On the one hand, the use of dark malts give it a bitter, chocolatey flavor. On the other, the fact that it is an especially strong beer (10 % alc/vol) lends it the strong, sweet taste of a barley wine. An interesting combination if ever there was one, but the taste, smell and deleterious effects were nothing short of welcome. And as a fan of both chocolate stouts and barley wines, I could appreciate the combination.

You might not think these two would go together, but I’ve been wrong about combos before. Honey and beer and Pilsner and IPA come to mind, and that’s just off the top of my head! So if you’re in a private beer store and are fan of stouts, strong beers, or barley wines, I recommend you pick up a bottle of this seasonal stout! Perfect for the holidays, great when paired with deserts and decadent when used to make a beer float! 4/5

http://brooklynbrewery.com/brooklyn-beers/seasonal-brews/brooklyn-black-chocolate-stout

The Howe Sound lineup

Howe Sound, located in beautiful Sqaumish BC, has been making craft beer since the mid nineties. However, as with most BC beers, I only learned about shortly after I moved here. I believe I first spotted some of their signature bottles in a small liquor store in Duncan, and was quite impressed with their appearance. That first impression was surpassed only by the quality of the beer itself and they fast became one of my favorites. And the more of their products I’ve tried, the happier I am making them one of my go-to’s whenever it comes time to do some beer shopping.

And of course, like most established craft beer makers, they have a regular line-up and a line of seasonal releases. And both are growing and becoming more diverse, so there are a few I have yet to try. Give me time and I shall find them all! First up, their regular beers:

Garibaldi Honey Pale Ale: Originally, I was not a fan of honey beers. Sleeman’s Honey Brown Lager turned me around on that. However, a pale ale seems a bit of a stretch to me on that point. Balancing a hoppy, citrusy profile with the taste of honey (heavily sweet) just doesn’t work. This is not to say that this isn’t a good beer. It’s profile is light, slightly sweet, with a slightly hoppy finish. Named on honor of Mount Garibaldi (8,776 ft, 2,675 m) which was named for Italian hero Guiseppe Garibaldi, the man of two worlds, this beer also boasts three medals: the gold medal in the 2007 North American Beer Awards, the bronze for the 2010 North Americans, and the bronze for the 2011 Canadian Brewers Awards. 3.5/5

Rail Ale Nut Brown: One of the finer brown’s I’ve ever had and possibly one of the best browns in BC. Smooth, tawny, with a nutty flavor that lingers on the tongue. This beer is excellent on its own, with most dishes and as a light dessert beer, best when paired with dark chocolate. Named in honor of BC’s strong railway history, particularly Squamish’s own, this beer is also the 2009 silver medalist for the Canadian Brewers Awards. 5/5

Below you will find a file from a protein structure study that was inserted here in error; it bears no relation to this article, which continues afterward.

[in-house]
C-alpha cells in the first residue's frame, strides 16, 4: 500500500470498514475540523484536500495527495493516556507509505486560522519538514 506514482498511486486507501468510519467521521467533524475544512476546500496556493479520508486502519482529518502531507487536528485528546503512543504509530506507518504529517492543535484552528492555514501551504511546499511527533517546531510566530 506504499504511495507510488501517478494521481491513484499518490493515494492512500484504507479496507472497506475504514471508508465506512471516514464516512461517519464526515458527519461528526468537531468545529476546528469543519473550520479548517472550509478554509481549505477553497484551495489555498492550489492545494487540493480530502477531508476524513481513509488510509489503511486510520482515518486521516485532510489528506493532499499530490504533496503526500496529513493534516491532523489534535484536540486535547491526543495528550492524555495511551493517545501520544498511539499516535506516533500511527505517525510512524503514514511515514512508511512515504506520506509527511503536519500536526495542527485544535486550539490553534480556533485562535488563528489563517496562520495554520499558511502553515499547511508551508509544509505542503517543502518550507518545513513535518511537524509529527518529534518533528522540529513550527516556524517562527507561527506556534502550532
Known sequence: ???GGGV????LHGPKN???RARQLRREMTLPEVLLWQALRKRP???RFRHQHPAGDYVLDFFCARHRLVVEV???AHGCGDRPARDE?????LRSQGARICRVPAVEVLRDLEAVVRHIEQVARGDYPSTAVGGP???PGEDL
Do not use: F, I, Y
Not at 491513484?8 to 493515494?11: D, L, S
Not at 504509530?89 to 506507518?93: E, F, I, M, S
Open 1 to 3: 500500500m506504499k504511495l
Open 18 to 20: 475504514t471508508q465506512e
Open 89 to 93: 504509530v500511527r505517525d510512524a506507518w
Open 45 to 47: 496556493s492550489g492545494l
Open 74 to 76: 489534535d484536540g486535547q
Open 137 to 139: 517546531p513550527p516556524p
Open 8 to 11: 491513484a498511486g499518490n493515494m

Devil’s Elbow IPA: A nice, powerful India Pale Ale, combing a nice floral bouquet, a citrusy profile, and a dry, lingering finish. A deep, golden orange, heavy on the hops and relatively strong on the alcohol (6% alc/vol), this beer is still highly drinkable. A good food pair, and lovely on its own. It was also the Silver medalist in the 2010 North American Beer Awards, no small accomplishment given the competition! On a more modest note, it also won the prize for best IPA at a beer, cider and wine tasting hosted by our friends this past year (Hi Richard and Kim!). Guess who brought it? 4/5

Diamond Head Oatmeal Stout: Named for the razor’s edge ridge that comes off the south flank of Mount Garibaldi’s Atwell Peak, this beer is a fitting example of an oatmeal stout. Boasting strong flavors of roasted barley and oats, this beer also has a light hop bite and a smooth finish with lingering notes that are reminiscent of roasted coffee. In terms of awards, this beer has won both the Bronze in the 2007 North American Beer Awards and the Silver for the 2011 Canadian Brewers Awards. 4/5

Baldwin and Cooper Best Bitter: As Bitters go, this one is right up there, comparable to Swann’s, Spinnakers, and Longwood’s. I guess there’s just something about Vancouver Island, we know our British beers! And the critics seem to agree. This Bitter has won medals three years running now, securing the bronze medal in the 2009 North Americans and silver in the 2010, followed by another silver in the Canadian Brewers Awards for this past year. The name is also significant, in honor of Jim Baldwin & Ed Cooper, the first men to climb the Grand Wall of the Stawamus Chief (702 m) in July, 1961. But the taste is where its really at! Smooth, malty, with a nice dry hop finish, this beer also boasts a certain fruity character that makes it well paired with meat, seafood, spicey dishes, or just on its own. 4.5/5

Whitecap Wheat Ale: A Belgian-style wheat beer that contains the signature traces of orange zest and coriander, combining both wheat and barley malts that result in a clear, lightly colored beer with a spicey taste and clean finish. Delicious when served cold, best when paired with spicey food, light deserts, and most enjoyable on its own, especially on a hot day! 5/5

Bailout Bitter: A nice, dry, yet smooth and light tasting beer, highly remisicent of their Mettleman Copper (see their Seasonal Beers). This beer was a special release, apparently named in honor of the 2008 Banking Crisis and the resulting bailout, which had left plenty of people feeling bitter! I for one championed the release of this beer and drank it heartily, enjoying both nits smooth, dry taste and its message. F@Y%@ you  Wallstreet! 4/5

Coming up next, Howe Sound’s seasonal lineup. Stay tuned…